The cooperative organisations of the kind you come from are purposeful social units, where a number of people perform various roles and tasks to achieve the overall objective of realising attractive returns for the members, on a sustainable basis. To facilitate efficient achievement of this overall objective, various roles and tasks are organised into several functions or departments, each to handle a specific set of responsibilities. In order for the total enterprise to be effective, the various departments and their variegated activities ought to be so orchestrated as to enable adequate individual and sectional performance in an atmosphere of interdependence among the various functions. The responsibility of such orchestration falls, in varying degrees, on the chief and other executives of the organisation.
Executive effectiveness, besides requiring some general appreciation of the technical expertise obtaining in the organisation, calls for directly executable skills of coordination, which involves dealing with human beings. Like any job, the job of coordination has its own set of problems and occupational hazards. Pause for a moment to reflect on the various components of your job and try to recollect the typical problems you face in carrying out your responsibilities as an Executive. (... pause ...) You may have noticed that your inventory of day-to-day problems are predominantly related to dealing with people -- both within and outside the organisation.
Dealing with people involves interpersonal behaviour, which is integral to human life, both on the job and off the job. A case of on-the-job interactions between a supervisor and a subordinate is included in your reading material as a start-up. You might find the particularities of the case somewhat unfamiliar or the context the case deals with may, in varying degrees, differ from the one you work in, but the essence of the case is sure to ring a bell in your mind. A good understanding of this case can shed light on the internal dynamics of people's interpersonal behaviour, most of which normally remains outside the realm of one's awareness -- except when conscious attempts are made to introspect.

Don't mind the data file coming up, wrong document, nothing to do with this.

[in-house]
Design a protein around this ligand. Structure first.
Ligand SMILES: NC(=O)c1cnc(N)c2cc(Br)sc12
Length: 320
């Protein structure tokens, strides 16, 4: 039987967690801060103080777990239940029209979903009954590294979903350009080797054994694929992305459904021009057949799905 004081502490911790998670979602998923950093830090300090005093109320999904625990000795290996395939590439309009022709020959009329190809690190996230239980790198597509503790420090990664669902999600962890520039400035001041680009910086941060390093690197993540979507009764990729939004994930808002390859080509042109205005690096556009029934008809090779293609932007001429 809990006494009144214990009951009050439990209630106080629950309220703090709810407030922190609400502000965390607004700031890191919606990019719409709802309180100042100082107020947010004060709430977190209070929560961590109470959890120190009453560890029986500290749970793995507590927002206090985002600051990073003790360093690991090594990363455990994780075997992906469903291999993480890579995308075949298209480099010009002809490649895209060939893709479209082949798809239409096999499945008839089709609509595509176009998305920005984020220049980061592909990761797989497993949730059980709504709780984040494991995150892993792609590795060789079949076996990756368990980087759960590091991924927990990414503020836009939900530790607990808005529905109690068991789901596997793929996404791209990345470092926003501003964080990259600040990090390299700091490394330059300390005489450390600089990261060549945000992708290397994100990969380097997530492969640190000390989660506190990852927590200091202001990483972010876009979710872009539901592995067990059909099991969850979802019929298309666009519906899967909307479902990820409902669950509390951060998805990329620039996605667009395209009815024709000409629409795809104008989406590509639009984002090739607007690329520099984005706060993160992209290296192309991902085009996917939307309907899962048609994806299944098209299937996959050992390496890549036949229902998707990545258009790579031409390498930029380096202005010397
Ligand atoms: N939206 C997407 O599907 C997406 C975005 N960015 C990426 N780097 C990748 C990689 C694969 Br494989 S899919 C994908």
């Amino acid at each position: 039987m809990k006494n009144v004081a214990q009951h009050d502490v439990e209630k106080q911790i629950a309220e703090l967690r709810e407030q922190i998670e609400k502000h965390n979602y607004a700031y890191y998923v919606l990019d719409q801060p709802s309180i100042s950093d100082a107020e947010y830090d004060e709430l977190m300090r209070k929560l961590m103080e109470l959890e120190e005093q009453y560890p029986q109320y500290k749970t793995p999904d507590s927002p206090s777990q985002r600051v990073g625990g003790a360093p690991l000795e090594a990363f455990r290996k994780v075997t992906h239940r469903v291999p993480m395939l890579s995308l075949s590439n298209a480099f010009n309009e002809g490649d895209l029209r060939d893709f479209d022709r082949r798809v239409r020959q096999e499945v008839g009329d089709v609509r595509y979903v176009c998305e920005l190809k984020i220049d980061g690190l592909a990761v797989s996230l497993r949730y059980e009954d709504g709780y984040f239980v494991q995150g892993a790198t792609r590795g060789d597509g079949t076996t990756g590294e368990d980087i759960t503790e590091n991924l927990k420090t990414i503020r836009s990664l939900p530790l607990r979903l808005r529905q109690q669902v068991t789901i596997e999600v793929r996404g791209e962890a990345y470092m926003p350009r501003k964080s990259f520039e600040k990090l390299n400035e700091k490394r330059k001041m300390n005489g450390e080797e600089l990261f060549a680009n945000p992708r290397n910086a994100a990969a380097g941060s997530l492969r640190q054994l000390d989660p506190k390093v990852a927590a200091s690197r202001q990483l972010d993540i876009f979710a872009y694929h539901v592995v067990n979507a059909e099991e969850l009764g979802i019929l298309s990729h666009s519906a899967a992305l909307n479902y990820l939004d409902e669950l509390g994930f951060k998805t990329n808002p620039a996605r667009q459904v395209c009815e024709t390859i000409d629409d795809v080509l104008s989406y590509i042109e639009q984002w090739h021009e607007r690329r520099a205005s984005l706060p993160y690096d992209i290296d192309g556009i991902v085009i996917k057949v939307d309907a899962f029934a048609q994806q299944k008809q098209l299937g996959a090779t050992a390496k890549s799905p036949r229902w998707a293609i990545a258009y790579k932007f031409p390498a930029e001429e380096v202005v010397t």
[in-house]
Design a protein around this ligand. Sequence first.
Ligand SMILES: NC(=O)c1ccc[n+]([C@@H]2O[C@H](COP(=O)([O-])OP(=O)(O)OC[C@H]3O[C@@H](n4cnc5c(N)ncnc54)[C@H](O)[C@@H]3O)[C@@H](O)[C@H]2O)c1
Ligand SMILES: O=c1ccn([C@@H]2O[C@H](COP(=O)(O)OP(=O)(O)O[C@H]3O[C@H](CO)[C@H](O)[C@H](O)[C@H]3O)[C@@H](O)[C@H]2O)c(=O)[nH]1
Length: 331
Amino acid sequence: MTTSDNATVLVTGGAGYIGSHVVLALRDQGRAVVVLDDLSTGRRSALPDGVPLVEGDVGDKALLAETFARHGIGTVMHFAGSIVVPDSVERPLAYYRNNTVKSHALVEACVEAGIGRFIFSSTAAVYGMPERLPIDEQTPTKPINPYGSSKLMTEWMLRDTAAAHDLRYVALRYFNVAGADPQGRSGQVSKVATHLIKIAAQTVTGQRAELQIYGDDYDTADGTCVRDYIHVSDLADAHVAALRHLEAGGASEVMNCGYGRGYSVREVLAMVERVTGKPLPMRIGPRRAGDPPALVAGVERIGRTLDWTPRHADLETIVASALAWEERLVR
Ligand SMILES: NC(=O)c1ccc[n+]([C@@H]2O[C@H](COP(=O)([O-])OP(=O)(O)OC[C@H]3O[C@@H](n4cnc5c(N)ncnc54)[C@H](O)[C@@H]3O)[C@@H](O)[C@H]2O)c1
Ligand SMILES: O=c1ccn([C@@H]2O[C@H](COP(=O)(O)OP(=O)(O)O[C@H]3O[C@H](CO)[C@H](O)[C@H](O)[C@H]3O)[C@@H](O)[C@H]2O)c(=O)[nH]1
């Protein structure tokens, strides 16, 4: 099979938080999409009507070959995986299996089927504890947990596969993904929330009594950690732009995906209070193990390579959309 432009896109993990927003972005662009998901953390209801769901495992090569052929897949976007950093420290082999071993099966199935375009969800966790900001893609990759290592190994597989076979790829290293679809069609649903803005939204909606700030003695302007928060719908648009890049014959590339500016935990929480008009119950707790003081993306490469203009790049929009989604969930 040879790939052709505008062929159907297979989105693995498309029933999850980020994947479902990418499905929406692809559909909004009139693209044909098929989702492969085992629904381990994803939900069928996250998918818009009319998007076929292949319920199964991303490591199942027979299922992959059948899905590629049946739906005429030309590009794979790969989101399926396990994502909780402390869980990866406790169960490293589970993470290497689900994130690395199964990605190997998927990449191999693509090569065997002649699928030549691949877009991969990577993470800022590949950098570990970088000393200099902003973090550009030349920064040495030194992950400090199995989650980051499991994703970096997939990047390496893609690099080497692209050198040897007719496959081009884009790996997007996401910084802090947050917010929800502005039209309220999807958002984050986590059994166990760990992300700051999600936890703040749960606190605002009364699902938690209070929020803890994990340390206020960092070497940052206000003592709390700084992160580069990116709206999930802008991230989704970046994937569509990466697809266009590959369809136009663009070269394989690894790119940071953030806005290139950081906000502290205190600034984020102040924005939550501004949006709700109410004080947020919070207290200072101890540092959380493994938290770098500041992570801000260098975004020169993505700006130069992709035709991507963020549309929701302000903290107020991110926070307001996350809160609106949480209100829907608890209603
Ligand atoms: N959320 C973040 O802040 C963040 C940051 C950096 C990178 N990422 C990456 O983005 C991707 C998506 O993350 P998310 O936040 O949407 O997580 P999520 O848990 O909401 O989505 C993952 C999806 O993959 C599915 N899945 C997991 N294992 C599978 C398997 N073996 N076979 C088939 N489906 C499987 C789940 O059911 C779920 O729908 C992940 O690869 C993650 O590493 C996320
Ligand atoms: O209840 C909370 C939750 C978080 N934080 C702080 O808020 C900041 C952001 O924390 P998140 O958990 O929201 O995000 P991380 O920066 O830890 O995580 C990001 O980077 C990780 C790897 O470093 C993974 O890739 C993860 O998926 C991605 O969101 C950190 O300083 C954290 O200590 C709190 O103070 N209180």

Some of the available behavioural science concepts can help systematic introspection as well as facilitate understanding of others' behaviour. Why do people behave the way they do?
Psychologists say we do whatever we do in order to fulfill certain needs. If that be indeed so, then a clear understanding of our needs should help us understand (and thus be in a position to predict and, perhaps, influence) our behaviour. Following this logic, psychologists have advanced a number of theories of motivation to help understand human behaviour. The short note on Motivation, included in your course material, will familiarise you with some of the theories. A critical understanding of these theories will help in using the concepts of needs and motivation to understand human behaviour in your context.
"Needs influence behaviour", says the psychologist. Psychologists also say that needs need not be objective to influence behaviour! Behaviour, they say, is influenced by needs as perceived. That is, we do whatever we do, depending on how we perceive the situation or need. Motivation, in other words, is influenced by perception. Is that true? The reading on Perception provides some food for thought here. Your perception of yourself and your role as well as your perception of others and their needs influences your behaviour. Similarly, others' perception of you and your actions will influence their behaviour towards you. You may check this out by examining your personal experiences and the various scenes of the film, The Eye of the Beholder, in the light of the reading.
Your job as a manager has to do with influencing people. To influence is to use power. Authority is only one of the ways of acquiring and using power. The power needed to influence people in your favour can arise from sources other than your formal authority, which is often less than what you require or wish you had. An involved discussion of the note on Powers of Power can help you appreciate the various sources of power available to you. The reading, entitled Managerial Skills, presents a summary of discussion on the importance of certain skills, relative to the higher, middle and lower levels of management.
As you scan the managerial skills, you may notice that the need for effective communication runs across all levels of management. Although communication is too vast a topic to be confined to a couple of classroom sessions, you can certainly benefit from discussing and doing some exercises on Clarity of Expression, Giving & Receiving Feedback and Metaverbal Messages.
As you read, reflect and discuss the course material, your attempt should be to relate the concepts to situations that you face on your job. It would also help to bear in mind the purpose or goal for which your organisation exists. Ask yourself: What can I do to make myself more effective in striving to achieve the real objectives of my organisation and enhance my sense of self-worth? What guidelines can I take from here?